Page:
Ninety percent of all the coral reefs in our oceans are set to disappear by 2050 – that is the shocking figure that has led to the launch of a new global initiative to try to save coral reefs.
The 50 Reefs campaign brings ocean, climate and marine scientists and conservationists together to tackle the damage being caused to coral reefs by climate change, pollution and poor fishing practices.
The initiative aims to identify 50 of the "most critical” reefs that have the best chance of surviving climate change and could aid in the revitalization of other reef ecosystems once global temperatures have stabilized.
"It's based on the best science. It's saying we will only have 10 percent left, but let's make sure those 10 percent have the best chance of survival,” said the initiative's head scientist, Ove Hoegh-Guldberg.
Biodiversity in peril
Over the past few years, scientists have reported record bleaching of some of the world's largest coral reefs. Last year, the largest die-off ever recorded of the Great Barrier Reef took place with 67 percent of shallow-water corals lost over a period of eight to nine months.
Coral reefs can only survive within a narrow temperature range and so are dying off as the ocean gets warmer. This also threatens thousands of species of fish and other marine animals that rely on the coral as a habitat and for food. At the same time, it could have an impact on the wider ecosystem.
But as well as having a devastating effect on biodiversity, scientists warn that it could also impact livelihoods connected to reefs. Corals generate between three and 400 billion US dollars worth of food and jobs from tourism, fisheries and medicines, according to research cited by the 50 Reefs initiative in a statement.
Save some, save them all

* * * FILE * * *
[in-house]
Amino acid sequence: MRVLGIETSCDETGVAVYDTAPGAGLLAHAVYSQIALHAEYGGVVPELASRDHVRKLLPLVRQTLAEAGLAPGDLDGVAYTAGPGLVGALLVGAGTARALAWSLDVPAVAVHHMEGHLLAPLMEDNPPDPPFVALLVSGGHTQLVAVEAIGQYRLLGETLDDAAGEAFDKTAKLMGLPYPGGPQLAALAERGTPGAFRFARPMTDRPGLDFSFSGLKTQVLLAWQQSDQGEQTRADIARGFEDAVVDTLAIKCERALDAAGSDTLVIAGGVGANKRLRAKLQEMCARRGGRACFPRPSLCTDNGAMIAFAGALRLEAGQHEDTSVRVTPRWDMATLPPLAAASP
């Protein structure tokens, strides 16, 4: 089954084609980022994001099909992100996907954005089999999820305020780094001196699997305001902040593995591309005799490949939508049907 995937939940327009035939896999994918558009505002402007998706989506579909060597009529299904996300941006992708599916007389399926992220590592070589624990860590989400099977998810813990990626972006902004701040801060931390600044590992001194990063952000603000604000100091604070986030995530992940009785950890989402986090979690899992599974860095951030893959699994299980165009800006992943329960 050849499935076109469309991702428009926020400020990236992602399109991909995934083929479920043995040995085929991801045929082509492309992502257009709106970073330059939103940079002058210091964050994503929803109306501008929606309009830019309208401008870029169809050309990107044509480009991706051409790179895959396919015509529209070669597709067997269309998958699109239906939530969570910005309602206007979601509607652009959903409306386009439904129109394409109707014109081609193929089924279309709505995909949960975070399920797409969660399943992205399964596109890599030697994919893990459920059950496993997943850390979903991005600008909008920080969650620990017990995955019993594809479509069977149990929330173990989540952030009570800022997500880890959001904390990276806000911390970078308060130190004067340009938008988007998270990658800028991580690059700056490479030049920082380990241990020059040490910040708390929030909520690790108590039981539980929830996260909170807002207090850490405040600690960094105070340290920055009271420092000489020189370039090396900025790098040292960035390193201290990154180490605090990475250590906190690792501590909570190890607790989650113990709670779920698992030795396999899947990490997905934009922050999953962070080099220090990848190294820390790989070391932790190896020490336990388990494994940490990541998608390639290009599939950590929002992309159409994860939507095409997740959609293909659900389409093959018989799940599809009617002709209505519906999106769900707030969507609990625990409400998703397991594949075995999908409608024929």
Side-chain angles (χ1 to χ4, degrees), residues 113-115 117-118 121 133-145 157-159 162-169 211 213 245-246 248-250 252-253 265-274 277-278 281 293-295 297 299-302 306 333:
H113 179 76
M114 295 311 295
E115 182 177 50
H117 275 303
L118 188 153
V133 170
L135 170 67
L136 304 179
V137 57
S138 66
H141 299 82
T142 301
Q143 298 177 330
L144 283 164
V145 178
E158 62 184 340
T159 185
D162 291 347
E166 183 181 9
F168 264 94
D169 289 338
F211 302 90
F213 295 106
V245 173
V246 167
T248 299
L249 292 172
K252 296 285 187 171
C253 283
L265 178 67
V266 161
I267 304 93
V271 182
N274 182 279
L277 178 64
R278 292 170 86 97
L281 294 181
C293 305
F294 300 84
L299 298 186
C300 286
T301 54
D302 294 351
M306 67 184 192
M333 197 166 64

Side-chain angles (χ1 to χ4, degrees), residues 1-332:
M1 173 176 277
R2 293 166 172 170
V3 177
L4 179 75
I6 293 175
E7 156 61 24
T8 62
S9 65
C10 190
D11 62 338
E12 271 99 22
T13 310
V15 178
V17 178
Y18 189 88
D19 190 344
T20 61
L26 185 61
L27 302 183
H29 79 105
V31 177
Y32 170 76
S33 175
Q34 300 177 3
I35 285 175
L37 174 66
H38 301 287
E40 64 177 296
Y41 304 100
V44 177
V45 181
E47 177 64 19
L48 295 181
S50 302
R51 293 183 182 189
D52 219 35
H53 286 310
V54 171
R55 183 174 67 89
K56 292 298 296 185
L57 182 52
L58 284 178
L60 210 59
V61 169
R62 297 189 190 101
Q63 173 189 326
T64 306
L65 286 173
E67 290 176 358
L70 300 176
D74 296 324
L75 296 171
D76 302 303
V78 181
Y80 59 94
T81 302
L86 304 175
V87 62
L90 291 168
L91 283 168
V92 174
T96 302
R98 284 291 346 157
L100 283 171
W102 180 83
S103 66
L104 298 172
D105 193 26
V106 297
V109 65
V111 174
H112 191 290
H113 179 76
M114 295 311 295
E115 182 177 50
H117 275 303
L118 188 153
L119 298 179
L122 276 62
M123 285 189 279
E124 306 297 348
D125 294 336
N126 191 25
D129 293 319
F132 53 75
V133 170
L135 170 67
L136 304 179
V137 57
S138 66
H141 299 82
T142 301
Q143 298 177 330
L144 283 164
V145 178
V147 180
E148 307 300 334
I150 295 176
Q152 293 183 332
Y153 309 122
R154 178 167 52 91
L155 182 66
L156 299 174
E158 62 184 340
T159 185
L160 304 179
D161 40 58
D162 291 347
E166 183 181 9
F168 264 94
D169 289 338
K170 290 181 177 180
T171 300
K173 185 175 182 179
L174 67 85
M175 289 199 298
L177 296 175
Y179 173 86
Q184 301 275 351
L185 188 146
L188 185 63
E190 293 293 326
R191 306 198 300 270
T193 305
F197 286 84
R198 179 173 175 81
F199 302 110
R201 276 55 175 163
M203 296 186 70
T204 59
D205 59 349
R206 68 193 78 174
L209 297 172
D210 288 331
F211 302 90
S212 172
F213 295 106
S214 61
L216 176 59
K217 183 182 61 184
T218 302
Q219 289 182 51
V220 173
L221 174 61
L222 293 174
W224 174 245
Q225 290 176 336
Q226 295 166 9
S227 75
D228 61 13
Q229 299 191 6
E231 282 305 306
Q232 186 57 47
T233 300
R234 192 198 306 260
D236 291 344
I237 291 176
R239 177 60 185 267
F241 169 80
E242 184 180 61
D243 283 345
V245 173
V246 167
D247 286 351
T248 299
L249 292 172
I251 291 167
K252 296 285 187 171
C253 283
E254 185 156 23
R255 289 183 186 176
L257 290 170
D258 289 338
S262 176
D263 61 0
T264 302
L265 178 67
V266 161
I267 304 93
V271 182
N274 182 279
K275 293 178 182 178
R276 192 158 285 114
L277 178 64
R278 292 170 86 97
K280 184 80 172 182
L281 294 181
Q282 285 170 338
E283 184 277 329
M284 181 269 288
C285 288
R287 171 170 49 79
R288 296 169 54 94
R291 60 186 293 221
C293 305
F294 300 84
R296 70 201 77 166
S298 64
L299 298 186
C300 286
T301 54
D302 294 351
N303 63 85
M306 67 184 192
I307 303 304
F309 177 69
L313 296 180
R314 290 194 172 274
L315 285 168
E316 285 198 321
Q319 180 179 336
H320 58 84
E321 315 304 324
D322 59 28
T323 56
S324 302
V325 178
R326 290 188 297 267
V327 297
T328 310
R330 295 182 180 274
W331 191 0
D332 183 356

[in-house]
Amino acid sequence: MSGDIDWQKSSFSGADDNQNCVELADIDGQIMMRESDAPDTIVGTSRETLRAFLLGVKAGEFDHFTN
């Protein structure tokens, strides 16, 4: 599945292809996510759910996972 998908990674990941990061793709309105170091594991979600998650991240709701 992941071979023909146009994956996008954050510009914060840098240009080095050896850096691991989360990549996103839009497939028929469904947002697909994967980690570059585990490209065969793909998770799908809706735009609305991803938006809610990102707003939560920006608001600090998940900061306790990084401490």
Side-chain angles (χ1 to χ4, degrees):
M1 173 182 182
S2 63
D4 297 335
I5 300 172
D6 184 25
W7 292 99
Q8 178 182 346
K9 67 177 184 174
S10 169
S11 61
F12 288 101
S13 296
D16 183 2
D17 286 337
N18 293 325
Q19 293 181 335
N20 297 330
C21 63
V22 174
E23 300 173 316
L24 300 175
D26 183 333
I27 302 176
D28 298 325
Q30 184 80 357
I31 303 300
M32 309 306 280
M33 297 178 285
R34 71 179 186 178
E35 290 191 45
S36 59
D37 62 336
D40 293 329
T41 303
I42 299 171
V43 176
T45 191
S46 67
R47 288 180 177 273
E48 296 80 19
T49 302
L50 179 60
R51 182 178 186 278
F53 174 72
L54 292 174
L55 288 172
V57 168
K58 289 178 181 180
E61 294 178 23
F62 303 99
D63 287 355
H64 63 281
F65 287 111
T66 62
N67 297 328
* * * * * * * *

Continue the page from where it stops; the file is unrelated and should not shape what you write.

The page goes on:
Scientists working with 50 Reefs plan to present a list of the high priority coral reefs by the end of 2017 before identifying strategies for protection crafted for each region, to raise awareness with regards to individual reefs and encourage marine protection of those areas.
"The intention is to grow this number over time, based on success and availability of resources. It is large enough to allow protection of reefs in all major regions and to make a real difference in the long-term recovery of coral reefs around the world,” said Hoegh-Guldberg, a professor at the University of Queensland in Australia.
But other scientists are not so confident of the scheme. Kim Detloff, head of marine conservation at the Nature and Biodiversity Conservation Union (NABU), praised the initiative, but said that it is a strategy that could not be used in isolation.
"It might be an important step to raise awareness of the dramatic decline we see in our oceans,” he told DW. "But to concentrate on only 50 reefs counteracts what we are trying to do in other initiatives to tackle global warming.”
Detloff referred particularly to an agreement to turn 10 percent of the world's oceans into marine protected areas by 2020 with many organizations aiming for at least 30 percent. "It might be ok to focus on 50 reefs, but it has to be integrated with saving the ocean's biodiversity in general.”
The launch of the initiative came just a day after an international team of scientists in Australia reported that six of the ocean's biodiversity hotspots were some of the hardest hit by global warming and industrial fishing.
Published in the journal Science Advances, the team studied more than 2,100 species of fish, seabirds, marine mammals and plankton to identify the world's underwater super-zoos - four of which are found in the Pacific Ocean.
"In those hotspots, changes are already happening,” said study co-author Andre Chiaradia, a senior scientist and penguin expert at the Phillip Island Nature Park in Australia. "They are the most at risk.”
Chiaradia pointed to penguins as an example. Populations have fallen dramatically by around 90 percent in the last two decades as a result of warming temperature and changing currents.